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When an elliptic curve-based cryptosystem is deployed, a single set of public parameters (consisting of a particular elliptic curve over a finite field as well as a generator of a prime order subgroup of its group of points) is typically shared across all users.

Some of these public parameters are standardized in some form. The best known ones are NIST-approved curve parameters, described as part of the FIPS 186-{2,3} standard, but there are others. For example, a French agency recently released a set of parameters recommended for local security applications (possibly over concerns re the security of curves over the very special base fields used by NIST?—they didn't say).

Is a list of such curve parameters compiled somewhere? Do you know any aside from the previous ones?

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The French authorities gave the following rationale for their FRP256v1 curve: "The proposed parameters correspond to a randomly generated curve, selected as to obey usual security criteria" (my emphasis); I infer that (at least one of) the motivation was to avoid a special field as in P-256 of FIPS 186-3. The "usual security criteria" are likely those in RGS annex B1, section – fgrieu Feb 21 '12 at 11:50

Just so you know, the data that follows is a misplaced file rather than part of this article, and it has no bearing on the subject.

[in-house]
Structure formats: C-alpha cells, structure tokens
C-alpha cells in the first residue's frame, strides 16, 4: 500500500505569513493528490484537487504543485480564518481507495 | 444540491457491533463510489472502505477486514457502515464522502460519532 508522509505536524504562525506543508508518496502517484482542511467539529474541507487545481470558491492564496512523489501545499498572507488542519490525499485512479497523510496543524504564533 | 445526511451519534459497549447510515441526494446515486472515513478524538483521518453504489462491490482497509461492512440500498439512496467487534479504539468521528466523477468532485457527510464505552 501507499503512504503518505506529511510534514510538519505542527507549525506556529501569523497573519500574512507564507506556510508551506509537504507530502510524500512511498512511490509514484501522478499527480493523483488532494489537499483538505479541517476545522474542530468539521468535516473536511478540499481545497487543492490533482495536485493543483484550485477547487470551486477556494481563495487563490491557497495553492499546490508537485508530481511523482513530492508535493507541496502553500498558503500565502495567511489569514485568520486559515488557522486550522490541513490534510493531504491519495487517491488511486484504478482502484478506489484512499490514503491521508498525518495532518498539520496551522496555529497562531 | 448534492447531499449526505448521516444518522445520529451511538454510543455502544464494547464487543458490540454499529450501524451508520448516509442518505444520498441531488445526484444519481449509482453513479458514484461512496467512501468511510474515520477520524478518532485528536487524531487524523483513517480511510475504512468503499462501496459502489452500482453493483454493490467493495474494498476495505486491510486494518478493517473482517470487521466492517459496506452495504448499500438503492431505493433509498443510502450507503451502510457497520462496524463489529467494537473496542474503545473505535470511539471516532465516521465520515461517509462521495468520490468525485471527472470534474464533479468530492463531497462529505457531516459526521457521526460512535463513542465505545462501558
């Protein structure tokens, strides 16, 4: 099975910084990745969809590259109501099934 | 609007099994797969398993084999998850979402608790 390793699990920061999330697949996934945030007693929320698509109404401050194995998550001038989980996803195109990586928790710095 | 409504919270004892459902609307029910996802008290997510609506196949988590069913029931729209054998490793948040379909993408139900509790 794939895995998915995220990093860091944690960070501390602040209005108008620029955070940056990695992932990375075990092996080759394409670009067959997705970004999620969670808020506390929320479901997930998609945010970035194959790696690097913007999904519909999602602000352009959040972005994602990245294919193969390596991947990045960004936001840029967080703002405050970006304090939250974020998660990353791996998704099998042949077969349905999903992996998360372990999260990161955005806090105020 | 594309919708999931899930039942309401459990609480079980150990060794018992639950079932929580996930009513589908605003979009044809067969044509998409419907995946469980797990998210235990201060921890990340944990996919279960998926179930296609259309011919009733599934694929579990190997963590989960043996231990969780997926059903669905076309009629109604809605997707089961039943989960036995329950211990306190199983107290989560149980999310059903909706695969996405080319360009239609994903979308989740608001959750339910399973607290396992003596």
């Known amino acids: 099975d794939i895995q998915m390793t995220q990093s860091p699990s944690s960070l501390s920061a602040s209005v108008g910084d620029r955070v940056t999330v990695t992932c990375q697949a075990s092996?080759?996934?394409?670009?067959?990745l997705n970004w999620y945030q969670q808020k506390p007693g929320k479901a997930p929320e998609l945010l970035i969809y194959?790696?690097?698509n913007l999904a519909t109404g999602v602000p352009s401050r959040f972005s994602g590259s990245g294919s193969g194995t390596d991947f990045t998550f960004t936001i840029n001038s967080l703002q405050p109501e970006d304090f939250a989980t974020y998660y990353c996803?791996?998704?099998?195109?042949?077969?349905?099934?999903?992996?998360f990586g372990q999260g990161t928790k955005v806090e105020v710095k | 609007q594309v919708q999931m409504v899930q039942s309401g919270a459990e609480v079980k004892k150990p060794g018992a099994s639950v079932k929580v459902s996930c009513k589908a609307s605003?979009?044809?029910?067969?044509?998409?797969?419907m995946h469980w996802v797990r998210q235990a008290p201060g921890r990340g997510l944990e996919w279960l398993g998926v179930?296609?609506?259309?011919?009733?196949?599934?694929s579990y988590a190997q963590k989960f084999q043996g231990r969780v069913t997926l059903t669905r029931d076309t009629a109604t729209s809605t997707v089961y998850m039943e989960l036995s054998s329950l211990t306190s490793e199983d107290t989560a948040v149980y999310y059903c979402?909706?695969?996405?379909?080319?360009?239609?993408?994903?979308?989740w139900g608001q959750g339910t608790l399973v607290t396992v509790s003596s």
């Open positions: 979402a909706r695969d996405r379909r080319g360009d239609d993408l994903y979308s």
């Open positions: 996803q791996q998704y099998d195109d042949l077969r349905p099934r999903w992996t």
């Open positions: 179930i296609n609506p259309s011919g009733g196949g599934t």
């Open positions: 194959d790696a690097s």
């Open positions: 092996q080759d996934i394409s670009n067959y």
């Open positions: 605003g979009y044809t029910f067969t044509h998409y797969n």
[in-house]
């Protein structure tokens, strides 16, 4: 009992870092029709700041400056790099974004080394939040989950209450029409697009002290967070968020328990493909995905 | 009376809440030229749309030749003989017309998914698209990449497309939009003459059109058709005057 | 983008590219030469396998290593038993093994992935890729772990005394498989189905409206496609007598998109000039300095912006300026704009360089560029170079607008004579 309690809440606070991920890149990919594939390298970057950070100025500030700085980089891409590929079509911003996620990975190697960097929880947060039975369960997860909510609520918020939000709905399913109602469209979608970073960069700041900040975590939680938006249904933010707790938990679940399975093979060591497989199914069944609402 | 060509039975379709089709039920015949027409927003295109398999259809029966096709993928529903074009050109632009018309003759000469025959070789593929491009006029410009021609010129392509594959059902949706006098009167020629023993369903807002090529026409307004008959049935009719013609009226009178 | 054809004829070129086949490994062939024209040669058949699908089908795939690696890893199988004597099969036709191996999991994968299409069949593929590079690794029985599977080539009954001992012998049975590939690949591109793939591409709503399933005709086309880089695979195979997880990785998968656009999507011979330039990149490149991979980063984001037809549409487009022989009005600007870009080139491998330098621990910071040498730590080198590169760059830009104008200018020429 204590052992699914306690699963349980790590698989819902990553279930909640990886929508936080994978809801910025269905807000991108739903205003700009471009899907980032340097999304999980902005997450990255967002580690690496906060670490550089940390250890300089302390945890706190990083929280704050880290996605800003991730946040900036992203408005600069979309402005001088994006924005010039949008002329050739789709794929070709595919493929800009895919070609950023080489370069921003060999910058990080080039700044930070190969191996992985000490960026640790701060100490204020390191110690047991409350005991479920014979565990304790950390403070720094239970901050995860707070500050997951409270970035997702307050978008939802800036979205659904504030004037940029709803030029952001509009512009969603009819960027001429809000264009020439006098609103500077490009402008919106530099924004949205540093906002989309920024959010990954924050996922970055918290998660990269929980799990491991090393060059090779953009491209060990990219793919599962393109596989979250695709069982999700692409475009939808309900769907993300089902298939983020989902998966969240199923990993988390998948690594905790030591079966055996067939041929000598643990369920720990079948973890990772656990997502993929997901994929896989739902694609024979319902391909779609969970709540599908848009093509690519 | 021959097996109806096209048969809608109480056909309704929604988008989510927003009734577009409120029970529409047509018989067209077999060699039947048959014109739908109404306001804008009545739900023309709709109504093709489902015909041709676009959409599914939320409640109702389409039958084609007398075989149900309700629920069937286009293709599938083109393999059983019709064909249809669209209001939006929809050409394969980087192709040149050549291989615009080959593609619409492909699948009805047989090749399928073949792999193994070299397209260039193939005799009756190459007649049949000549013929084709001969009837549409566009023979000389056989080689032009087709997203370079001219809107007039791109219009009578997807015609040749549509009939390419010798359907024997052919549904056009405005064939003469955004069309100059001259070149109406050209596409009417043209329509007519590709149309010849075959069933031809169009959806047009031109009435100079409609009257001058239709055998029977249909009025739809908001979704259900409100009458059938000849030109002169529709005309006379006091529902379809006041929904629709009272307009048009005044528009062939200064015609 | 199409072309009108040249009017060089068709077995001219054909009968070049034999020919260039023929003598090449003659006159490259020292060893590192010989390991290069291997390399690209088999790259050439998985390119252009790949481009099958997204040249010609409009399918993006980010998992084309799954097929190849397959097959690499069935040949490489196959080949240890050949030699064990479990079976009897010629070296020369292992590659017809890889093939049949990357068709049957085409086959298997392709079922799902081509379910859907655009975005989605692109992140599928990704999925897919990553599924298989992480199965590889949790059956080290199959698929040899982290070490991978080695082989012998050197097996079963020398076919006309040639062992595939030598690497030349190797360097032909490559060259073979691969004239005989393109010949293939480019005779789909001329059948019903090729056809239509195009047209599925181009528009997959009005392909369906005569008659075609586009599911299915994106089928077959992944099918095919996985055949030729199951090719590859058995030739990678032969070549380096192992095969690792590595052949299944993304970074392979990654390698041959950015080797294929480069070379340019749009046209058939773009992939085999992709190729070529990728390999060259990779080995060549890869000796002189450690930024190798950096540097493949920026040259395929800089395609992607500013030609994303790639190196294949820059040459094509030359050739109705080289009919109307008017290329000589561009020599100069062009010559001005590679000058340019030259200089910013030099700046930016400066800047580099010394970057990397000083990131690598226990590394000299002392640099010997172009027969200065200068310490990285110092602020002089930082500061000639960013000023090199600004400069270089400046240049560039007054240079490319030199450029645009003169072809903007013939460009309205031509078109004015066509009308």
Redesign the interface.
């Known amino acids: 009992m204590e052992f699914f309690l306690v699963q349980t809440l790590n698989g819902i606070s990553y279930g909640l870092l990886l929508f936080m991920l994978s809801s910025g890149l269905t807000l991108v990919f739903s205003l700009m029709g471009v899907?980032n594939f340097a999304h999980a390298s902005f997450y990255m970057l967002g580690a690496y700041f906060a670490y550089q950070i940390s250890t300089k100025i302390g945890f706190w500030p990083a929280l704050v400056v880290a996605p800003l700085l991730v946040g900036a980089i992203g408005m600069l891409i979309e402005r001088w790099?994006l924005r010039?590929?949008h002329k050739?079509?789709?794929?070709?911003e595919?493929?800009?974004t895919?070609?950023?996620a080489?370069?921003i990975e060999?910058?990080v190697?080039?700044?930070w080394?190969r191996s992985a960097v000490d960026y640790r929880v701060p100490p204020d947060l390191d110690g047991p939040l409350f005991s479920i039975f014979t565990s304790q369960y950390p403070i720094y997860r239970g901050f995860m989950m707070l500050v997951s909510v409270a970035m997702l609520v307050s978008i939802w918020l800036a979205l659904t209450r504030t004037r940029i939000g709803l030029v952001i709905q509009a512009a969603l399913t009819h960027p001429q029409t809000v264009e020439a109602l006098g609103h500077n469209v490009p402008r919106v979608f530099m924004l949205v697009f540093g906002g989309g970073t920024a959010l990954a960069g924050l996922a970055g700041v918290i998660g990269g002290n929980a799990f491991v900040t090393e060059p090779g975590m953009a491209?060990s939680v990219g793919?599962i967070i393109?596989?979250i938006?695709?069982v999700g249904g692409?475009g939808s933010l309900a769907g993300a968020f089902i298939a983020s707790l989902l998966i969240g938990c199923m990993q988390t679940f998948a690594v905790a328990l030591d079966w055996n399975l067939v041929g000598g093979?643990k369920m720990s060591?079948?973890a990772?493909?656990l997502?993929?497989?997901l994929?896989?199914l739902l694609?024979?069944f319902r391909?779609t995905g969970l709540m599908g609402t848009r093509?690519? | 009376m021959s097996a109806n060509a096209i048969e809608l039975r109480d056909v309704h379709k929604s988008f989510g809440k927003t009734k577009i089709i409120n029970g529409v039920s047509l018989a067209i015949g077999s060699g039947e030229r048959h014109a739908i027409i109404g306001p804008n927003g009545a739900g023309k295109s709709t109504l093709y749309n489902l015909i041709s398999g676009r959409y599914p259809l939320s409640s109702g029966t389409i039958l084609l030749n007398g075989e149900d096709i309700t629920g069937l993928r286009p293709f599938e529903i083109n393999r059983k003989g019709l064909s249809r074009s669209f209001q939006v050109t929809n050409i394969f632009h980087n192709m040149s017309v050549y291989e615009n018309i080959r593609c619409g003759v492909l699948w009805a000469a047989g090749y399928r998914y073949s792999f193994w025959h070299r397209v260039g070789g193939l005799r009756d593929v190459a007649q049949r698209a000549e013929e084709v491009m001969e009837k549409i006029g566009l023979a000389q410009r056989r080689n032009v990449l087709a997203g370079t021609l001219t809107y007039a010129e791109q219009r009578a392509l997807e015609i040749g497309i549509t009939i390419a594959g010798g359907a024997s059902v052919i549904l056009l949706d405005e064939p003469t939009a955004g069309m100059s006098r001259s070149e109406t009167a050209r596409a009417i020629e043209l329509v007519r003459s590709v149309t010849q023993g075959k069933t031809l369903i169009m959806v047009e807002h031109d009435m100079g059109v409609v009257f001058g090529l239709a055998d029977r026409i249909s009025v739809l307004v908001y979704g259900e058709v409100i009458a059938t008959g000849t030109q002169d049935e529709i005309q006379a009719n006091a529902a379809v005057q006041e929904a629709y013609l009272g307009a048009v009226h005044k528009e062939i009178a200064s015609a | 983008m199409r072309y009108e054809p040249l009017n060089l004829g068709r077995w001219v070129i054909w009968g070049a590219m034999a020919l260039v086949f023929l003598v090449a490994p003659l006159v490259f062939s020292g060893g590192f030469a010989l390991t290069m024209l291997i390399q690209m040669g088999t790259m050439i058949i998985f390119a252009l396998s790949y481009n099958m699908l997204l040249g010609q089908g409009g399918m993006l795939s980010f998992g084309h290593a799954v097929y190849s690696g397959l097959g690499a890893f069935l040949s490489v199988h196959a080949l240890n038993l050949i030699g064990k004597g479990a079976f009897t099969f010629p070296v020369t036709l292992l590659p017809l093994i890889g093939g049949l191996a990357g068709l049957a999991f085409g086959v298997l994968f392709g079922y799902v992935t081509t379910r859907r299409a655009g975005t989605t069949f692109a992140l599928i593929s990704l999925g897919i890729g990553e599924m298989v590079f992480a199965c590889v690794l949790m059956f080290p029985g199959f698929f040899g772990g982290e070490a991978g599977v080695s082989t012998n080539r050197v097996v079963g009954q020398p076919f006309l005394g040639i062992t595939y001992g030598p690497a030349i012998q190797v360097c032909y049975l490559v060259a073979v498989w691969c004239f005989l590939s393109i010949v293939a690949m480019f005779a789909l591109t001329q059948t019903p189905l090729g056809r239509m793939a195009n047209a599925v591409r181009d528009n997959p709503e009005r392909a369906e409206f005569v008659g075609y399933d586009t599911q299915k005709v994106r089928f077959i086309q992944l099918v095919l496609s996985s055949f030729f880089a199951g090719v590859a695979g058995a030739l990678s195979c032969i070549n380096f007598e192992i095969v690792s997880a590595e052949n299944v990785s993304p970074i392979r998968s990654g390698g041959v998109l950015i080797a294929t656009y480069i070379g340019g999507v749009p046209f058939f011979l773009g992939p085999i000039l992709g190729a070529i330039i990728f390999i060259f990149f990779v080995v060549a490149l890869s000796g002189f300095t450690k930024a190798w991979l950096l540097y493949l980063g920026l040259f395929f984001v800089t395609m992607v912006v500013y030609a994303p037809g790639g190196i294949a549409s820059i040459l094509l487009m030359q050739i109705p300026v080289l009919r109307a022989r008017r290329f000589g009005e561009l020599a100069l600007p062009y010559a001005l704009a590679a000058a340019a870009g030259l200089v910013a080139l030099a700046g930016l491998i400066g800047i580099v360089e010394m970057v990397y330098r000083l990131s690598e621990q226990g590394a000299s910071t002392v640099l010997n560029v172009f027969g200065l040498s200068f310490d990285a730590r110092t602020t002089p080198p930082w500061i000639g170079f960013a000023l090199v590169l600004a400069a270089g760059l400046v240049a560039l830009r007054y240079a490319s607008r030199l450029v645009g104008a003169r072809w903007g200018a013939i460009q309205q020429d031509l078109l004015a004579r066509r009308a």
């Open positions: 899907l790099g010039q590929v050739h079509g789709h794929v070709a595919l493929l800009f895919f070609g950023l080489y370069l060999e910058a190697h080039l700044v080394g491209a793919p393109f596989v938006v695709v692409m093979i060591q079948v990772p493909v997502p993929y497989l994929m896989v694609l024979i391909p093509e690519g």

One can infer that indeed, but on the other hand, the Digital Signature Standard says that NIST-approved curves are randomly generated (and even “provably” so!) in the sense that the curve coefficients are chosen using a hash function (even though the base fields are quite special). So it seems difficult to tell what exactly randomly generated means in this context. – Mehdi Tibouchi Feb 22 '12 at 2:22
up vote 6 down vote accepted

There are a few more standards, with (sometimes) overlapping sets of parameters:

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Very useful, thanks. – Mehdi Tibouchi Feb 22 '12 at 2:14
Actually there is considerable overlap: all 15 FIPS 186-2/3 curves are part of the 20 curves that X9.62 lists in its annex L; and all these 20 curves are part of the curves listed in SEC 2. The Brainpool curves are (deliberately) separate. – Thomas Pornin Feb 26 '12 at 1:57
Also, the AACS standard (protection on HD-DVD and Blu-ray discs) uses ECDSA in their own curve (see this document)‌​, page 10). When Sony designed the protection system for the PS3, they defined no less than 64 new curves (and they totally botched their ECDSA implementation, but that's another story). – Thomas Pornin Feb 26 '12 at 2:00

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